The proposal is based on a scheme that operates in Canada; it covers the same two categories. I have said that if the Committee or the House wishes to broaden the opportunities for drawdown, I would have no objection in principle. I would be happy to acquiesce in what my hon. Friend proposes.
Subsection (6) proposes three quite different purposes for which drawdown would be permitted. The first and third of them are interesting. The first is the purpose of
“providing financial assistance to the account investor in making his first house purchase”.
The Government are committed to extending the extent of home ownership. I can also see a case for the third, particularly with the addition of the word “accredited” as suggested by the hon. Member for Weston-super-Mare (John Penrose). However, the second purpose sits rather oddly—the purpose of assisting a child to make
“the child’s first house purchase for his occupation as his principal residence.”
We need to be clear in our minds about the purpose of the substantial tax advantages that would be conferred on people saving for a pension. Why are those substantial tax benefits provided? It would be difficult to argue plausibly that it was right for the generous tax advantages of pension saving to be extended to providing access to funds to a child, let alone a grandchild, to buy a first house. Indeed, if we were to extend them to grandchildren, why not other people?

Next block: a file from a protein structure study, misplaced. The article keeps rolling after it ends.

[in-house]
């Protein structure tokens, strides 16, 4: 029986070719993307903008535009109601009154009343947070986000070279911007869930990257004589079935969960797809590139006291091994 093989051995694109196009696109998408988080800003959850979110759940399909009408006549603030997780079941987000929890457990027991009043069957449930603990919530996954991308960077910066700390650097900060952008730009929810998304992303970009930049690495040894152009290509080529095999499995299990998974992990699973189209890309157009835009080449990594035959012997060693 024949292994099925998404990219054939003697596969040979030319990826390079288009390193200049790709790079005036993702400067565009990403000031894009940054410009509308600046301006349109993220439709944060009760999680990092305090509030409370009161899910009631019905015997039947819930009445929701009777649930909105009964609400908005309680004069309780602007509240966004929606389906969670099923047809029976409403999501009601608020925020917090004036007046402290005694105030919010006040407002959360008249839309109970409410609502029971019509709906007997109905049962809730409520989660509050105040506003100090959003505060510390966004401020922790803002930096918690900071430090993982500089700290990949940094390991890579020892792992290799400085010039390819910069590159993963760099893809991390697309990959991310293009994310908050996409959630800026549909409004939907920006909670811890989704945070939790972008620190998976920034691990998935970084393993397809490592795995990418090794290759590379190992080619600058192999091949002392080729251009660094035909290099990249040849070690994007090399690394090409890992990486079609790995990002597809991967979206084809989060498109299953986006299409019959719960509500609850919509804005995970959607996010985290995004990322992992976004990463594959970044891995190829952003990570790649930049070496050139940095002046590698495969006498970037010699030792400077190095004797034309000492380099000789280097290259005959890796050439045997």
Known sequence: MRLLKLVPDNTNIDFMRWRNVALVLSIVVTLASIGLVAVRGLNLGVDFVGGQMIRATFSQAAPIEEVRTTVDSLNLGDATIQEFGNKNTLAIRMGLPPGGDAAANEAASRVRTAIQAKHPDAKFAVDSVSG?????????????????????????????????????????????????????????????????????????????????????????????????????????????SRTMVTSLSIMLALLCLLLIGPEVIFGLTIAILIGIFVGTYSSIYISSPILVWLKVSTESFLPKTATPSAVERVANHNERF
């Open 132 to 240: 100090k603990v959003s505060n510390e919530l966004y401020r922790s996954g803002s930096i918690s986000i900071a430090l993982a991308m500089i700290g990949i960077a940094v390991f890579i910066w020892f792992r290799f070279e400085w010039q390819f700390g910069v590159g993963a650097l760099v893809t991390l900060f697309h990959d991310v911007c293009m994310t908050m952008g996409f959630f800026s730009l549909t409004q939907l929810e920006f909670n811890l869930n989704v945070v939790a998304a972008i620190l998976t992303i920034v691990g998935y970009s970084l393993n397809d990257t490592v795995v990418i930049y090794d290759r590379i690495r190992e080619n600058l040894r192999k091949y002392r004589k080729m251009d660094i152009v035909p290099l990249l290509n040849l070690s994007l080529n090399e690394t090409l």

I am interested in purposes (a) and (c), but purpose (b) is much harder to justify, especially if it is to be amended as suggested by the hon. Gentleman.
It is my understanding of the clause that if money is drawn down from a SaRA but is not repaid within a certain period—the time specified in the Bill—the tax advantages would be lost. If money that is drawn down for a child or grandchild to assist them in buying a house is not repaid, the tax advantages would vanish, and the Minister’s point becomes less important.